Harper College Conference Brings Together Chicago Area Peace Educators

By: David J. Smith, March 9, 2015

Harper College’s 5th Annual International Education Summit  held March 6, 2015 was an opportunity to focus on the linkages between global education and teaching about peace.   It featured Chicago area experts who have engaged in international applications of peacebuilding. I had the honor of being the opening keynoter for the conference.

David Smith presenting at Harper College
David Smith presenting at Harper College

In my talk, “Purposeful International Education: Using a Peacebuilding Frame to Advance Global Objectives in Community Colleges,” I urged community colleges to continue to advance global education objectives.  However, in my view efforts can be unfocused and often do not result in lasting impact for students. Some observations I made include:

  • Community colleges have made significant contributions responding to the country’s major challenges
  • Never before have community colleges received so much attention in the press and by policymakers
  • Global competency is more important than ever today
  • We live in a boundary-less world and we must recognize that
  • Community colleges have experienced important demographic change especially from increasing immigrant and military populations
  • As educators, we must use this new found attention to bring focus to international education efforts
  • Internationalization needs to be infused throughout education. The strategy of “global education” as a separate category is unsustainable  in the long term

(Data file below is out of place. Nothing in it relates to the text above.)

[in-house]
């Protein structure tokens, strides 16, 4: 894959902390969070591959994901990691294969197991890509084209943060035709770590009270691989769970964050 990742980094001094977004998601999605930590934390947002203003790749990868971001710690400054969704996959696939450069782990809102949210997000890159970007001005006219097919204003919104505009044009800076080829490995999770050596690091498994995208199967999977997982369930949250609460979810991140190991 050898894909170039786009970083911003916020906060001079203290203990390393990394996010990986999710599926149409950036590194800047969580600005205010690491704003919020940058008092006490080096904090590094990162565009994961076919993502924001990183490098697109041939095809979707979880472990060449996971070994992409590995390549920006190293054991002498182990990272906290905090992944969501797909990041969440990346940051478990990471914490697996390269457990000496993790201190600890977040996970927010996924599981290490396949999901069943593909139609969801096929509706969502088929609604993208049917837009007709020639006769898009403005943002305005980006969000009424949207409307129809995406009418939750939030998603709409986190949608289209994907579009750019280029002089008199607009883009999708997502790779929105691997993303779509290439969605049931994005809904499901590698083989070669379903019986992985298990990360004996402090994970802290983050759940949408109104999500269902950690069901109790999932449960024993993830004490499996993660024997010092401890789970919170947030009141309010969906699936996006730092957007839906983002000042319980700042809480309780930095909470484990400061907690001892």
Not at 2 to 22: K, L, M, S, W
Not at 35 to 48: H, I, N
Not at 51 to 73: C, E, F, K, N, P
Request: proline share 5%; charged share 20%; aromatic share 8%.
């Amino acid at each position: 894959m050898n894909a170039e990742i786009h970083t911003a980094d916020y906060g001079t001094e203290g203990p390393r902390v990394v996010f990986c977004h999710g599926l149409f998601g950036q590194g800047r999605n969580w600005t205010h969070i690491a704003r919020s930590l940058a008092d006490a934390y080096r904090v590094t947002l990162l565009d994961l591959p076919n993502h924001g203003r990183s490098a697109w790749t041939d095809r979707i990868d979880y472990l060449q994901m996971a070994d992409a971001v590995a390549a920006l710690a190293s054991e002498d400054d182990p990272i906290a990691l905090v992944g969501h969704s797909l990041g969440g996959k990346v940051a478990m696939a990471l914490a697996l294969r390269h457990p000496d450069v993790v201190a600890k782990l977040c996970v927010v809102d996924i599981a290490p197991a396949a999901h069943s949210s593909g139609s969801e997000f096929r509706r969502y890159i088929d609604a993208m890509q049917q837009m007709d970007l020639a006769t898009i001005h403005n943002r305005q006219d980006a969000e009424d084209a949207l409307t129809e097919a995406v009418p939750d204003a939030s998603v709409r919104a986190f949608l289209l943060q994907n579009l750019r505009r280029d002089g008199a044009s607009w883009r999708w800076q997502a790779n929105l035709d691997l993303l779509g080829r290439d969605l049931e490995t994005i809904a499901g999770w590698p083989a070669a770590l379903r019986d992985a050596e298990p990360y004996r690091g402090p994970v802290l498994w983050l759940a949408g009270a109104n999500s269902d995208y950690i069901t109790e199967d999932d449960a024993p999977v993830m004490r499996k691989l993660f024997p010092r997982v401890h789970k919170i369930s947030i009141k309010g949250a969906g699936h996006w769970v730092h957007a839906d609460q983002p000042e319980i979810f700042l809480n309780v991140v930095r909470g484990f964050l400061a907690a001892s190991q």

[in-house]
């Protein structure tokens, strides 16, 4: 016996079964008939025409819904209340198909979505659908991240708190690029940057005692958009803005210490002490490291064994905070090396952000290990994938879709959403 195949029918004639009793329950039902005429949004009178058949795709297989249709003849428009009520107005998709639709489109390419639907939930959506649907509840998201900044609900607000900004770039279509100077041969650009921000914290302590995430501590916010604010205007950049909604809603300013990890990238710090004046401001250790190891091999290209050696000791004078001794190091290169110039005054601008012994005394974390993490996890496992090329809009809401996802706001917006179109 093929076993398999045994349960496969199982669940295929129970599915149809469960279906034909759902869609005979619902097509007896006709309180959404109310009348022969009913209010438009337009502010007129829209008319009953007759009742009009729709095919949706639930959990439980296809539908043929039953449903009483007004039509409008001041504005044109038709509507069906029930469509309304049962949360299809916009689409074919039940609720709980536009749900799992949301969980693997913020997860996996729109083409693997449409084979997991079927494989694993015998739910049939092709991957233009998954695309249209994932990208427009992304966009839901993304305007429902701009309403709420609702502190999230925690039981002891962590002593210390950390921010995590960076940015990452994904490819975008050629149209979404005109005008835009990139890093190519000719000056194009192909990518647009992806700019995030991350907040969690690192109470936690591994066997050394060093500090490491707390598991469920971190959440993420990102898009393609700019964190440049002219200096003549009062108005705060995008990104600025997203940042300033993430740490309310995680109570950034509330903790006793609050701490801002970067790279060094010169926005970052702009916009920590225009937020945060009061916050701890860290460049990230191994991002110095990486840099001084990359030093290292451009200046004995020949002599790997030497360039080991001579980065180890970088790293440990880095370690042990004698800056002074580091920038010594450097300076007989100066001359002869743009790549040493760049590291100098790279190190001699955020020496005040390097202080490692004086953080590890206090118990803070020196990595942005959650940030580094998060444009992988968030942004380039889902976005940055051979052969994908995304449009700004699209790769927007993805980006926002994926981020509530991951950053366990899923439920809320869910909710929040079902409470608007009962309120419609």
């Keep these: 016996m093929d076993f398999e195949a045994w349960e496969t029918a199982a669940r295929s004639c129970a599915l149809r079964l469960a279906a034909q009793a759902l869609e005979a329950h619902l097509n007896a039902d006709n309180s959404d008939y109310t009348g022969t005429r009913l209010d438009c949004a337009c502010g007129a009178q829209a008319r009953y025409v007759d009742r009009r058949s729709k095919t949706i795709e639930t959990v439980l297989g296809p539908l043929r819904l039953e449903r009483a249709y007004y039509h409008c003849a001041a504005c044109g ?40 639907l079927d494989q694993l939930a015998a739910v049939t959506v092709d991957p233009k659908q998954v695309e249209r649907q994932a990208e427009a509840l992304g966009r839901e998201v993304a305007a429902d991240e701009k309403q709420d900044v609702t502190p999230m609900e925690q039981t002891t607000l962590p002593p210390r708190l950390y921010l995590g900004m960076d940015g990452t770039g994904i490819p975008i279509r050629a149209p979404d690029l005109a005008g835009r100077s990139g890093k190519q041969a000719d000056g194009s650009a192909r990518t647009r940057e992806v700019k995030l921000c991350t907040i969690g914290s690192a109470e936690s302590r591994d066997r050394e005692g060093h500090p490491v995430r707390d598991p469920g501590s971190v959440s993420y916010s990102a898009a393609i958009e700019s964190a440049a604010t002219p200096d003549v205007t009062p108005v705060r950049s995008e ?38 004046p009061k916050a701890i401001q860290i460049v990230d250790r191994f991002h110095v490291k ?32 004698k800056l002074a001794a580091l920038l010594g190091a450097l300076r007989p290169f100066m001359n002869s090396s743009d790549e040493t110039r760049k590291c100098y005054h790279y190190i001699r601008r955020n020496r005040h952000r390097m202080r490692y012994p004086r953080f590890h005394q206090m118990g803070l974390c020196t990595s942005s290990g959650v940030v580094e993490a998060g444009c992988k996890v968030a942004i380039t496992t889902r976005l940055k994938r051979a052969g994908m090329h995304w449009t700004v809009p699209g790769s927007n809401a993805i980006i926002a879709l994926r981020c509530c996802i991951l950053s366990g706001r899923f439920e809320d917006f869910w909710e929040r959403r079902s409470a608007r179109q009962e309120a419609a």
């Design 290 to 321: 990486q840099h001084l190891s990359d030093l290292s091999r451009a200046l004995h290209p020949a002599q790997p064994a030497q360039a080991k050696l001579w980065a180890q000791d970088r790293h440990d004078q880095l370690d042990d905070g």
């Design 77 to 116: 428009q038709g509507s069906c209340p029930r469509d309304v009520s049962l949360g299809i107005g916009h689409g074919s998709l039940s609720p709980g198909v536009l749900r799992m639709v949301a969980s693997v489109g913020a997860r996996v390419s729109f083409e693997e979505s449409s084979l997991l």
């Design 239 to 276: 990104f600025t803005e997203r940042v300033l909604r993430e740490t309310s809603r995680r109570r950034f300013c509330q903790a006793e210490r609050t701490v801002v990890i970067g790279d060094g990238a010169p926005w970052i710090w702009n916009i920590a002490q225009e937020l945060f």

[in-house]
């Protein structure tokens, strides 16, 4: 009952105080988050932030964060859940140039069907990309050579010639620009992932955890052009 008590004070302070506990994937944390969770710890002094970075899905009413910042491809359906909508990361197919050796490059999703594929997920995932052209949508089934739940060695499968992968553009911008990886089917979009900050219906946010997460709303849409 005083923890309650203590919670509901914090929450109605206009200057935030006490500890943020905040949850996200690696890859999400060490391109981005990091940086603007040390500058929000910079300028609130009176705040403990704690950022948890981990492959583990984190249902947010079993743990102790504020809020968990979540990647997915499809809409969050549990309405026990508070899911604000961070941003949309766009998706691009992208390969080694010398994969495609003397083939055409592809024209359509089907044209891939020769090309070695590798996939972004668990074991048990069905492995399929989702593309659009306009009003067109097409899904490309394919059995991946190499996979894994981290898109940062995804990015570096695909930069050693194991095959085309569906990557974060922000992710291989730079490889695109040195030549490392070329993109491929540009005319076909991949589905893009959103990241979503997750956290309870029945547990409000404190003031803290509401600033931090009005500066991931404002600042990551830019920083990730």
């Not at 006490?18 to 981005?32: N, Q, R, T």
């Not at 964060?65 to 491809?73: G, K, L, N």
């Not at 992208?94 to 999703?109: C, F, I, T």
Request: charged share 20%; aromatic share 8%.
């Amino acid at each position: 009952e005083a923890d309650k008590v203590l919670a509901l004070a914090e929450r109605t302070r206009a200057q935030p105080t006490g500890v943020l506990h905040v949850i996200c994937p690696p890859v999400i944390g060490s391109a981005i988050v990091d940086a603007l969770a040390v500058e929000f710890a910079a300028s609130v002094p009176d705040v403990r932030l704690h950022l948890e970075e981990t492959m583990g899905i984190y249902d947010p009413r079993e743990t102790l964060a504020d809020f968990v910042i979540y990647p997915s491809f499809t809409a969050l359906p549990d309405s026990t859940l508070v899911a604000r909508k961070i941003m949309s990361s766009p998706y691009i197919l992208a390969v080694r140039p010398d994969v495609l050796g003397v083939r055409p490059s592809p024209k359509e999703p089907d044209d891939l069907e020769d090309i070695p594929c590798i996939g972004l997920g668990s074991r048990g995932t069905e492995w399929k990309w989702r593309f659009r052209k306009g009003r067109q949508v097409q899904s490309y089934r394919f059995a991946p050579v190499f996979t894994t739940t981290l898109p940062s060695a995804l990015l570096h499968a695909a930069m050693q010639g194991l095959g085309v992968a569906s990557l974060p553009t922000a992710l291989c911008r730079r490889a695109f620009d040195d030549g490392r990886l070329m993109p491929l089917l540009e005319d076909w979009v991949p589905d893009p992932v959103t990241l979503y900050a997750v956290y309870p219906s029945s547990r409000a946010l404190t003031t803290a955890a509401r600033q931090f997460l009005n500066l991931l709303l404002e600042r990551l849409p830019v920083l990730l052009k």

• Community colleges are looking for creative ways of contributing to improving community life, both locally and globally
  • Often approaches that community colleges use are cursory and do not result in meaningful student change
  • Giving global education a peacebuilding focus makes for better outcomes and provides students with an understanding on how internationalization can bring about change
  • Peacebuilding approaches in areas such as dialogue, volunteerism, and education provide an  important “means” to peace, rather than an “ends.”

My talk was followed by several breakout sessions:

  • Susan Russell from Northern Illinois University presented on “Global Peace and Conflict Studies: Making Non-violence Relevant for American College Students.” Russell discussed, among other things, her work with youth in the Philippines.
NIU's Susan Russell talks about peacebuilding
NIU’s Susan Russell talks about peacebuilding
  • Mary Trujillo from North Park University talked on “Transformative Teaching: Peace Studies Meets General Education.” She shared approaches that can be used in the classroom to engage students in exploring controversial issues.
North Park University's Mary Tujillo
North Park University’s Mary Trujillo
  • Andrea Molnar from Northern Illinois University presented on “The Role of Peace Education in Conflict Transformation and Peace Building.” She focused on her work in southern Thailand.
Andrea Molnar from NIU
Andrea Molnar from NIU
  • Cris Toffolo from Northeastern Illinois University presented on  “Teaching Human Rights.” Toffolo explored a range of approaches that can be used in looking at human rights including those based in philosophy, law, and activism.
A human rights presentation by Cris Toffolo from NEIU
A human rights presentation by Cris Toffolo from NEIU

The conference was organized by the International Studies and Programs department at Harper College.   The director is Richard Johnson, and he can be reached at rjohnson@harpercollege.edu.

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